ktutil listdsconfigad Not to be left out, the Active Directory binding tool, dsconfigad, got some new flair as well (yes, I just insinuated that dsconfigad was really Jennifer Aniston’s contribution to OS X and I challenge you to prove me wrong). There is now a -restrictDDNS option, which I’m sure you can guess disable dynamic DNS registration in Active Directory-integrated DNS zones. There’s also the rockin’ new -authority option, which enabls or disables Kerberos authority generation. Finally, dsconfigad gets some minor cosmetic changes. -f becomes -force, -r becomes -remove, -lu becomes -localuser, -lp becomes localpassword, -u becomes username, -p becomes -password, but the original options still work. Who knows how long the old operators will stick around, but my guess is they’ll be around until dsconfgad isn’t… Most options and settings for the AD plug-in should now be configured following the AD bind process (thanks to @djstarr for that little addition). How does this impact your scripts. Just move the settings to the bottom of the script if they give you gruff… Also, the -enableSSO option has been changed to -enablesso. Defaults Finally, defaults allows you to put the .plist in the command when you use a file path to list them out. This should eliminate the 6 backspaces we often had to type to test certain things after auto-completing file names… 🙂
krypted July 20th, 2011
open facetime://email@example.comOr if my phone number were 310-555-1212 (it is you know;):
open facetime://3105551212Happy FaceTiming
krypted November 9th, 2010
Posted In: Mac OS X
defaults write com.apple.dock persistent-apps -array-add ‘<dict><key>tile-data</key><dict><key>file-data</key><dict><key>_CFURLString</key><string>/Applications/Microsoft Office 2008/Microsoft Word</string><key>_CFURLStringType</key><integer>0</integer></dict></dict></dict>’You can also add a custom title for the object that you are adding by using the file-label key and providing a string with the content that you want the label to have. You can also add a folder or file to the dock using a similar command:
defaults write com.apple.dock persistent-apps -array-add “<dict><key>tile-data</key><dict><key>file-data</key><dict><key>_CFURLString</key><string>/Users</string><key>_CFURLStringType</key><integer>0</integer></dict><key>file-label</key><string>UsersDirectory</string><key>file-type</key><integer>18</integer></dict><key>tile-type</key><string>directory-tile</string></dict>”You can also write an object using a variable, or another command when wrapped with “. For example, if we wanted to put a link to the specific users directory rather than the /Users directory we would use the following:
defaults write com.apple.dock persistent-apps -array-add “<dict><key>tile-data</key><dict><key>file-data</key><dict><key>_CFURLString</key><string>/Users/`whoami`</string><key>_CFURLStringType</key><integer>0</integer></dict><key>file-label</key><string>MyHome</string><key>file-type</key><integer>18</integer></dict><key>tile-type</key><string>directory-tile</string></dict>”There are several uses for this. For example, you can link to certain folders that allow you to access recently changed content. Provided you have mounted a network share you can also add a network directory, similar to what happens when you add your Network Home in managed preferences. But this gets the process started and from here it’s just figuring out your specific logic. Once you have added an item into the Dock you’ll then need to restart it:
killall DockYou should then see your Dock item. It is worth noting that if the location does not exist then you will need to create it and so you might script some logic as such. Also, if you create the location after creating the item then you will need to restart the Dock again.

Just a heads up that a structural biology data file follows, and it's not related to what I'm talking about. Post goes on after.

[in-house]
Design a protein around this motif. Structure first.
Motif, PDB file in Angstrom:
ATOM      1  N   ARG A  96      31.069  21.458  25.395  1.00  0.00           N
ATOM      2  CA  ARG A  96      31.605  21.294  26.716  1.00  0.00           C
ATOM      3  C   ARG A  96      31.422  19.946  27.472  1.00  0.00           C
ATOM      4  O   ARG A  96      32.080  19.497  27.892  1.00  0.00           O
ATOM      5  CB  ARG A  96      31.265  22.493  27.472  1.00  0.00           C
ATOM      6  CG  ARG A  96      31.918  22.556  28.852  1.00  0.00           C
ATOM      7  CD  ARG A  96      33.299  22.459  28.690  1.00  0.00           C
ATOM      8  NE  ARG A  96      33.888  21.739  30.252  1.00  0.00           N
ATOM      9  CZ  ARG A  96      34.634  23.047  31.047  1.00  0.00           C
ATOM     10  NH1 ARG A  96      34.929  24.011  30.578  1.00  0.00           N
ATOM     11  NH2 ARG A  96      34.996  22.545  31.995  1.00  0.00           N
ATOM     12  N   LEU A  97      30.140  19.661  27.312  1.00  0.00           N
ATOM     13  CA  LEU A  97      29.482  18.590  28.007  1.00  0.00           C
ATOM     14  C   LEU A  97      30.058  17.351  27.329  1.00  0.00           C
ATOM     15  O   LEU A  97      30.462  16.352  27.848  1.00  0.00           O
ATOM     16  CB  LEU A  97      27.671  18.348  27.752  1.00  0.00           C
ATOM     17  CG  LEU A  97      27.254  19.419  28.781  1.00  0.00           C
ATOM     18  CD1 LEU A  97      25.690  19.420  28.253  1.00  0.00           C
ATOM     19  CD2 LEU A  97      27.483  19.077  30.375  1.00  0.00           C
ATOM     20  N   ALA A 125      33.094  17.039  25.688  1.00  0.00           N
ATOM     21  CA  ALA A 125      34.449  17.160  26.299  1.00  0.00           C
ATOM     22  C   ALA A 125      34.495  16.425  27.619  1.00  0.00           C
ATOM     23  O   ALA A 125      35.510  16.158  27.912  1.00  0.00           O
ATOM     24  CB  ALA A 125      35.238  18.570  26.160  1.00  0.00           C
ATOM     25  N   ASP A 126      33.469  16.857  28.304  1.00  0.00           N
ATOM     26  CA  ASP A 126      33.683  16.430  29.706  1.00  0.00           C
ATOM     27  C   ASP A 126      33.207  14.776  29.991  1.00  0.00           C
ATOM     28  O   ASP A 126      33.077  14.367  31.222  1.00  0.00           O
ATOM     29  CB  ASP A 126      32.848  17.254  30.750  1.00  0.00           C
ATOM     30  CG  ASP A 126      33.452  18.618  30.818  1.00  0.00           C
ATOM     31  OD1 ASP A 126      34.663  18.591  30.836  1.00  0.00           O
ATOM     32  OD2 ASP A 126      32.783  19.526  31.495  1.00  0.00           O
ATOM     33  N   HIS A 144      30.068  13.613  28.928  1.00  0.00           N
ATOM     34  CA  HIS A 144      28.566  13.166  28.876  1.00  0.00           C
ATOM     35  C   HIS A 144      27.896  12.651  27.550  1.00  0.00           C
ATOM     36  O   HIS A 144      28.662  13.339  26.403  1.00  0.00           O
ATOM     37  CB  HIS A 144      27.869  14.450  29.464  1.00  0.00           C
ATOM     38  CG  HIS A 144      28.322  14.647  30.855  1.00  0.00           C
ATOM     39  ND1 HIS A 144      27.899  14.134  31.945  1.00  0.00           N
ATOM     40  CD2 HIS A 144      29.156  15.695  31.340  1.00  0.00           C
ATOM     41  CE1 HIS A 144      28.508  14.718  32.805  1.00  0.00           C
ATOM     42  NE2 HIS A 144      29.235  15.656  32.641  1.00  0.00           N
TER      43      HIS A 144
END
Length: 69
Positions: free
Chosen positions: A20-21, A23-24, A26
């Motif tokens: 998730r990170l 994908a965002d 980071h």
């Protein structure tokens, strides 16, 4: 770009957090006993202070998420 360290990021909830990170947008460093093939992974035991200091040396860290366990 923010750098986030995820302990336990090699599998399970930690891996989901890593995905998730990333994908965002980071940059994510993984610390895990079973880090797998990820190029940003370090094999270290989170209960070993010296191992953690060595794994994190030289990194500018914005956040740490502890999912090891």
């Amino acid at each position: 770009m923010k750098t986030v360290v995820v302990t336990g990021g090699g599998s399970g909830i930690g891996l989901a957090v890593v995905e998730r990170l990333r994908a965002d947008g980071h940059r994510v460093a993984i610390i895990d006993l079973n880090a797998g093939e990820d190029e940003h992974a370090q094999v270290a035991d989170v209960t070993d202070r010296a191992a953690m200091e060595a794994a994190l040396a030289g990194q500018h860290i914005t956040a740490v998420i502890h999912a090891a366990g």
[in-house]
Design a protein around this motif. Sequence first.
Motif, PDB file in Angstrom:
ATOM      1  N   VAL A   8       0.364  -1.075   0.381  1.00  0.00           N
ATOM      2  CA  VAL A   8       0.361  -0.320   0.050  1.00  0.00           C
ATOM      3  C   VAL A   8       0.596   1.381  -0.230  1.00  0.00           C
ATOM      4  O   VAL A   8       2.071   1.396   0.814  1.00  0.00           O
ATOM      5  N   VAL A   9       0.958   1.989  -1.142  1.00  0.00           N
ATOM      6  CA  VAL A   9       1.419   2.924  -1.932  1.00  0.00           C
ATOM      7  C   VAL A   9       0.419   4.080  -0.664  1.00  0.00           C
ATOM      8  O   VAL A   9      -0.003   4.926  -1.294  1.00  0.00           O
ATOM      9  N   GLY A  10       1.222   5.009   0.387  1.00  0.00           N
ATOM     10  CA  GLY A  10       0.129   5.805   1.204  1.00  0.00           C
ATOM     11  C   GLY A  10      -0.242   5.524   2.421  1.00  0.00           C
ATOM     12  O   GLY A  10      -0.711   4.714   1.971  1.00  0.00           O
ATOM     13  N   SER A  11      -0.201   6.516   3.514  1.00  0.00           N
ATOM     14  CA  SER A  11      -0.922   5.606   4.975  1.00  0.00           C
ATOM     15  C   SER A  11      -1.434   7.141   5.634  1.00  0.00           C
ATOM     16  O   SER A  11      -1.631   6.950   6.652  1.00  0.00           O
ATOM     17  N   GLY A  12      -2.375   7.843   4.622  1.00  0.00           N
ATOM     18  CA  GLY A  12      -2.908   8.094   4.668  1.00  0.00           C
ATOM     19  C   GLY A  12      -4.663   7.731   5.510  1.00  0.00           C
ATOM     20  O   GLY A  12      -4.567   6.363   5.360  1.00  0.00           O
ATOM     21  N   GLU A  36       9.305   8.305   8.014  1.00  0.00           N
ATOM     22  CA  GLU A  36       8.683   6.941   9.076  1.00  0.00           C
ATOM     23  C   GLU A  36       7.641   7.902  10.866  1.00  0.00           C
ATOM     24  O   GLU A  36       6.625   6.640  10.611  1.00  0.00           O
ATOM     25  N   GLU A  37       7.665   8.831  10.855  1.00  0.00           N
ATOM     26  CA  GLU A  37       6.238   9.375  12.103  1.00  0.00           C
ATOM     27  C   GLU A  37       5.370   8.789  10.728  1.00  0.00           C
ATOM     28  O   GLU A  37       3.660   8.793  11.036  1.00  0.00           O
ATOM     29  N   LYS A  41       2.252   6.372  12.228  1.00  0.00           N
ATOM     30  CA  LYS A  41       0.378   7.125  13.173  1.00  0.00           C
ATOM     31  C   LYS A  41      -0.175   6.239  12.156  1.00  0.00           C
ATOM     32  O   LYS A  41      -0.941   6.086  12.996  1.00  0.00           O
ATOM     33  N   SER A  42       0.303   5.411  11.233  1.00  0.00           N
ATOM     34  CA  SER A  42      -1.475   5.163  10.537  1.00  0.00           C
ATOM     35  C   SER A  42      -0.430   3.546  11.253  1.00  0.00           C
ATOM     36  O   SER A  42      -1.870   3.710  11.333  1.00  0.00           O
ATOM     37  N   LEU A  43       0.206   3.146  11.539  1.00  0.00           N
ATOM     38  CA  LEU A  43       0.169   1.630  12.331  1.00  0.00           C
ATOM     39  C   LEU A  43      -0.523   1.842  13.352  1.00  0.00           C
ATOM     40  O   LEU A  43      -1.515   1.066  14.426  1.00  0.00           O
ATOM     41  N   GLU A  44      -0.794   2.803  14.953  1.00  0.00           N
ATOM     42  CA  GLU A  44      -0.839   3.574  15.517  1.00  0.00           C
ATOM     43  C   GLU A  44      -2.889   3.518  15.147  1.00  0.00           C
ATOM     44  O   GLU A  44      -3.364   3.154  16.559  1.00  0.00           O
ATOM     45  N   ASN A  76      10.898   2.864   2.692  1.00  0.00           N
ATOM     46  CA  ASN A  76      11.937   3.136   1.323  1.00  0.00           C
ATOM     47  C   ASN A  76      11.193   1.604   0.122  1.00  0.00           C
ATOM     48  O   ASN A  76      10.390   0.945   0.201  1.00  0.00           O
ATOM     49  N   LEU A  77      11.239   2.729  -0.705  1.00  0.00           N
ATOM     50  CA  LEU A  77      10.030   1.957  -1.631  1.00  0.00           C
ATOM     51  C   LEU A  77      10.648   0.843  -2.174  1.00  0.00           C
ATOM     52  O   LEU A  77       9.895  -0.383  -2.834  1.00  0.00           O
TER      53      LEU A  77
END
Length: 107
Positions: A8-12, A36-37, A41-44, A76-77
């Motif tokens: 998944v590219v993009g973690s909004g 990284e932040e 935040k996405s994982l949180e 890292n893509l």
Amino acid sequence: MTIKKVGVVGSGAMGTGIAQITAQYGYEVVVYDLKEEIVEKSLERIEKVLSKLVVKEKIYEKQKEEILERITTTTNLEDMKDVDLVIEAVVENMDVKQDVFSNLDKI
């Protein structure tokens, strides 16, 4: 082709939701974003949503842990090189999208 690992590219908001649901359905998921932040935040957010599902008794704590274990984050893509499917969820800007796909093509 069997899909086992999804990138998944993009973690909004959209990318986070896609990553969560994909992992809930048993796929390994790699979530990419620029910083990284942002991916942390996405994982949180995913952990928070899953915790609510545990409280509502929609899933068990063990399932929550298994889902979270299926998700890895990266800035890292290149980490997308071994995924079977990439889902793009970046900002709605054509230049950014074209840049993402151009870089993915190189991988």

krypted August 2nd, 2010
diskutil secureErase freespace [level] [device]The levels are as follows (per the man page as not all of these are specified in Disk Utility):
diskutil secureErase freespace 0 /Volumes/SeldonIf you were to automate the command then you would want to dump the output into a log file. For example:
diskutil secureErase freespace 0 /Volumes/Seldon > /var/log/secureeraselog.tmp
krypted February 22nd, 2010
Posted In: Mac OS X
krypted February 1st, 2010
krypted January 15th, 2010
Posted In: Windows XP
networksetup -listlocationsIf you are on a freshly installed system you should see Automatic as your only location. Therefore, that should be the output of the next option. But just to make sure, now use the -getcurrentlocation option to show your current location:
networksetup -getcurrentlocationWhen you’re scripting the creation of locations you will use the -createlocation option. This option will allow you to create a new location without any network services created for that location. Let’s create an empty location called Work
networksetup -createlocation WorkThis will create an entry in the /Library/Preferences/SystemConfiguration/preferences.plist. Each of these entries is marked with a unique identifier. That unique identifier is then referenced as a Set within the preferences.plist and as you create network services they are in turn referenced by a unique identifier within the set. While we’re creating locations we can go ahead and create one with the default set of network services (1 of each physical adapter). To do so, use the -createlocation option again, but this time follow it with a populate verb. We’ll use this location to setup a location for home.
networksetup -createlocation Homeq populateOops, did we misspell Home as Homeq, we should probably delete that and create the one we actually meant to create. To do so use the -deletelocation option and then add the Home location again:
networksetup -deletelocation HomeqThe -deletelocation option will amusingly output the string found it!
networksetup -createlocation Home populateNext, in order to configure the various network services within each location you will need to switch to that location. Here, we will switch the active location using the -switchlocation option:
networksetup -switchlocation WorkWith the appropriate location selected, use the -createnetworkservice, -removenetworkservice and -ordernetworkservices options to more granularly configure your locations, as I previously covered.
krypted December 10th, 2009